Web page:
Oily hair can be frustrating because it resists styling, often falling flat or pulling free of curls or pins. It may also look lackluster rather than lustrous and healthy.
People who have oily hair also frequently have oily skin, though the two don’t always go hand-in-hand.
How To Know If You Have Oily Hair
Your hair may be oily if it:
- It looks dull and lank rather than healthy
- It is difficult to style, often falling free of styles
- Looks and feels oily a day after shampooing (some people can take a paper towel and blot grease from their hair after 24 hours)
- Is prone to dandruff
How To Care For Oily Hair
Oily hair is the opposite of dry hair, and its care is all about stripping those excess oils away. Shampoo your hair frequently, never going more than a day or two between washes.
Avoid putting conditioner on the roots of your hair. Instead, stick to the ends of your hair and wash your conditioner out thoroughly.
Some people have success with using home treatments to strip excess oil away. These might include:
- Apple cider vinegar
- Lemon juice
If you use any of these, be sure to dilute them with water before putting them on your hair. It can also be a good idea to wash your hair with cool or lukewarm water rather than hot water since this can cause excess oil production.
Lastly, try to avoid touching your hair whenever possible, as it is easy to transfer oils from your hands to your hair. This isn’t a problem with other hair types, but it can cause issues for very oily hair.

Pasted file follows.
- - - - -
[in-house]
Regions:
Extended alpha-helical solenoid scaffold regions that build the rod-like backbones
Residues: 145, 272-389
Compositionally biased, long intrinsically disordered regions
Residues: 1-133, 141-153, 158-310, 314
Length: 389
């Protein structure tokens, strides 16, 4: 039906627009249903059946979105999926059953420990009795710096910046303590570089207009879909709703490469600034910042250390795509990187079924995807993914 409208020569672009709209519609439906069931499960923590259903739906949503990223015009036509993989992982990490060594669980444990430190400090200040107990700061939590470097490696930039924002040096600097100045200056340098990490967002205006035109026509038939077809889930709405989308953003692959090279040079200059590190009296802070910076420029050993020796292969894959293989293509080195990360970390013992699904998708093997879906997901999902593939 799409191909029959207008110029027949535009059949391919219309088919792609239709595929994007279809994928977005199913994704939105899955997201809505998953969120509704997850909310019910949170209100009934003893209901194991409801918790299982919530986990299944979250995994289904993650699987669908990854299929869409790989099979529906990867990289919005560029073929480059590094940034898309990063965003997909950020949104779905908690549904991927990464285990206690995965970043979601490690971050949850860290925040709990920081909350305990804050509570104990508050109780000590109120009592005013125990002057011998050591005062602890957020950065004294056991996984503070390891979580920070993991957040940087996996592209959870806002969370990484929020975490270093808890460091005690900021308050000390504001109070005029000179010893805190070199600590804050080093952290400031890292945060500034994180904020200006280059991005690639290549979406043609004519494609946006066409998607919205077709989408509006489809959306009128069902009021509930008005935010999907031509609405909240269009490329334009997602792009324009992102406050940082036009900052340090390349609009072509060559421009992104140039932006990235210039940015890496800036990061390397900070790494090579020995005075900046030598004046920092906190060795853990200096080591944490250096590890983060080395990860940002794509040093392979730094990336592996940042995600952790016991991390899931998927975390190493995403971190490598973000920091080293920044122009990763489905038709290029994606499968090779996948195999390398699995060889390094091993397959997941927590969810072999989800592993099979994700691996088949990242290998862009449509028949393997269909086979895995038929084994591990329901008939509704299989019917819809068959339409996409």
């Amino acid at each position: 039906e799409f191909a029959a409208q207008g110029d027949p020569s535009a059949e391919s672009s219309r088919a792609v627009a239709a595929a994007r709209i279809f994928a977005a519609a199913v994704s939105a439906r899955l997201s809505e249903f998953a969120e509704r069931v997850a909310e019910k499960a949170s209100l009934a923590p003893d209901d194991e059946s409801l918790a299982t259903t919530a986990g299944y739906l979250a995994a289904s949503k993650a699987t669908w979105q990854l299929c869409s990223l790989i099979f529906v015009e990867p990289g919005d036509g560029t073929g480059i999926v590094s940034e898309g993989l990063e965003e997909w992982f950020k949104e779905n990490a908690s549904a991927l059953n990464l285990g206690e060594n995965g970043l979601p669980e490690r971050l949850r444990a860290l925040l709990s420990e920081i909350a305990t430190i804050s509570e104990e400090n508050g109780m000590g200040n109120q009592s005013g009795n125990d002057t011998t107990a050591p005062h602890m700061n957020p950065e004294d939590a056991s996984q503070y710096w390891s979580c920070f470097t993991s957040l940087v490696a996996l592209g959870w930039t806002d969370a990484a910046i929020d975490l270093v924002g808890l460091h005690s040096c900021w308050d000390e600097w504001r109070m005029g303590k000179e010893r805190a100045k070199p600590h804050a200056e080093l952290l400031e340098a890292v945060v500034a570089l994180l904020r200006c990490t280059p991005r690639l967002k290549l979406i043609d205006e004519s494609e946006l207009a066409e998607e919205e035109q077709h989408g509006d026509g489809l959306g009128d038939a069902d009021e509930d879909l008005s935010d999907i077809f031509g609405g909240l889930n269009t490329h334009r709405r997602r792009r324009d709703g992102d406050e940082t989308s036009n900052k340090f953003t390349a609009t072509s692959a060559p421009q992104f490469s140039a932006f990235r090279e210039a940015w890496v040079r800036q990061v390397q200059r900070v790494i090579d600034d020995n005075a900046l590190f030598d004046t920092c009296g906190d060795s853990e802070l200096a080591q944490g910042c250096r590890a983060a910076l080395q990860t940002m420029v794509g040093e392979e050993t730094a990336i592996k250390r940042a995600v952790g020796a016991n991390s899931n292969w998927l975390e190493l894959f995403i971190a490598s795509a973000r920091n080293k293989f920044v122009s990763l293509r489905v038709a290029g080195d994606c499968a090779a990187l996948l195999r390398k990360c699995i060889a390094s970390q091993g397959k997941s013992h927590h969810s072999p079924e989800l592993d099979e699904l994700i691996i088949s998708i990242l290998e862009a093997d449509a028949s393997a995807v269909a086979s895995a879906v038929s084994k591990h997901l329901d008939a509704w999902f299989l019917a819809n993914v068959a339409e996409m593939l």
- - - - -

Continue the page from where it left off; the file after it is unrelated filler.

As you can probably guess, normal hair is somewhere in the middle of oily and dry hair. Normal hair produces an average amount of oil and doesn’t tend to be extremely greasy or frizzy. The pH of the scalp is healthy and normal.
But if you feel bad about not having this type of hair, you should know that most people don’t actually have it — even though it’s called “normal” hair. It’s much more common to have a hair type that tends toward either dry or oily.
Normal hair tends to be healthy and shiny and can go a few days between washes.
How To Know If You Have Normal Hair
You probably have normal hair if the following applies to you:
- You can go a few days between washes without your hair becoming excessively oily.
- Your hair doesn’t tend to get frizzy
- You don’t have much dandruff
- You don’t have a lot of hair loss
- Your hair doesn’t tend to be brittle or break easily
- You don’t often have split ends
How To Care For Normal Hair
Normal hair doesn’t need a lot of special hair. Since it’s not prone to being excessively oily, dry, or breakable, you won’t need to use any special products.